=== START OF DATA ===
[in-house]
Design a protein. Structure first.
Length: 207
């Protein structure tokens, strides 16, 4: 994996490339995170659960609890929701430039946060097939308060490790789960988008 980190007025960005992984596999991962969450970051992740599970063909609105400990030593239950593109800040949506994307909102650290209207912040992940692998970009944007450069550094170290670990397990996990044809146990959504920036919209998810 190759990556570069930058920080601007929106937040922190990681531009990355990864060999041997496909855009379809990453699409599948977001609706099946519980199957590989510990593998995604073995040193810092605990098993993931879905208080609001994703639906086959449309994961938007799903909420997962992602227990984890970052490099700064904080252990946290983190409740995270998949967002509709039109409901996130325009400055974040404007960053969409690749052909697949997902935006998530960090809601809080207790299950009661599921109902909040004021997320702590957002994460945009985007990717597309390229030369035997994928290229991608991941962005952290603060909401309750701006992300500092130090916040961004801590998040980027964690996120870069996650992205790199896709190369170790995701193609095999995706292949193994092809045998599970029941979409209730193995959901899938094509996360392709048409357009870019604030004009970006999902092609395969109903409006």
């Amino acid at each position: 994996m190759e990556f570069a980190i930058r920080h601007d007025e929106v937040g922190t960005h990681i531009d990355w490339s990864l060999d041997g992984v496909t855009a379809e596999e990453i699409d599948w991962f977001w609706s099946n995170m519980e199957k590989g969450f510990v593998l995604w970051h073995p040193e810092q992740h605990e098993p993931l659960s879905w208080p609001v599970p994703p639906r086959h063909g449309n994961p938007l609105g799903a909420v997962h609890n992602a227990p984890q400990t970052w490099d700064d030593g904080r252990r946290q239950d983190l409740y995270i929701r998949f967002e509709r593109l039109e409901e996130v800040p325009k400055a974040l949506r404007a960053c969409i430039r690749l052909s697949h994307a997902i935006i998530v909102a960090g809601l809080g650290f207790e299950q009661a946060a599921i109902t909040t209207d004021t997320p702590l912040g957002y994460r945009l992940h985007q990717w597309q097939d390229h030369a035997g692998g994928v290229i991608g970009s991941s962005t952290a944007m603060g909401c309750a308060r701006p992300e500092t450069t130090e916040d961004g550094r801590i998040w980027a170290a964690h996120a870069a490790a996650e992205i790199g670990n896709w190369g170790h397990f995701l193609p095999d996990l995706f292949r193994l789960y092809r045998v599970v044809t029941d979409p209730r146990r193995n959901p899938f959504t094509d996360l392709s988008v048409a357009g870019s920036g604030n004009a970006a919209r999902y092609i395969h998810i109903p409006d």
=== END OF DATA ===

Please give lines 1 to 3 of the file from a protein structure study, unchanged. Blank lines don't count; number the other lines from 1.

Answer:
[in-house]
Design a protein. Structure first.
Length: 207